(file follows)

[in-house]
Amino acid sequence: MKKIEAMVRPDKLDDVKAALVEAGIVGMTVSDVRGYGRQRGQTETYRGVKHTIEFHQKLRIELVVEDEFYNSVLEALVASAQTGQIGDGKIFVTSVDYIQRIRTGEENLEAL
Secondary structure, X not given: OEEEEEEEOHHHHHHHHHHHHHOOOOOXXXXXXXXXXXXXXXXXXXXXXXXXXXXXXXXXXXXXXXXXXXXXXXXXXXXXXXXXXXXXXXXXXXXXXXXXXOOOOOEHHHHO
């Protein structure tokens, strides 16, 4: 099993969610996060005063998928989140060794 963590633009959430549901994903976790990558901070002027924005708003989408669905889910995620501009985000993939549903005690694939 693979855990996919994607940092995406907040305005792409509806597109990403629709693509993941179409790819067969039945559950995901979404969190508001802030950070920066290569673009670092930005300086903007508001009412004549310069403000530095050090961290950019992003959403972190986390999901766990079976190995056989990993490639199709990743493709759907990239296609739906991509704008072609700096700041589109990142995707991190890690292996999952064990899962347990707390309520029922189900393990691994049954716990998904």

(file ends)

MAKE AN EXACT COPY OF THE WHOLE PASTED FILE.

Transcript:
[in-house]
Amino acid sequence: MKKIEAMVRPDKLDDVKAALVEAGIVGMTVSDVRGYGRQRGQTETYRGVKHTIEFHQKLRIELVVEDEFYNSVLEALVASAQTGQIGDGKIFVTSVDYIQRIRTGEENLEAL
Secondary structure, X not given: OEEEEEEEOHHHHHHHHHHHHHOOOOOXXXXXXXXXXXXXXXXXXXXXXXXXXXXXXXXXXXXXXXXXXXXXXXXXXXXXXXXXXXXXXXXXXXXXXXXXXOOOOOEHHHHO
């Protein structure tokens, strides 16, 4: 099993969610996060005063998928989140060794 963590633009959430549901994903976790990558901070002027924005708003989408669905889910995620501009985000993939549903005690694939 693979855990996919994607940092995406907040305005792409509806597109990403629709693509993941179409790819067969039945559950995901979404969190508001802030950070920066290569673009670092930005300086903007508001009412004549310069403000530095050090961290950019992003959403972190986390999901766990079976190995056989990993490639199709990743493709759907990239296609739906991509704008072609700096700041589109990142995707991190890690292996999952064990899962347990707390309520029922189900393990691994049954716990998904």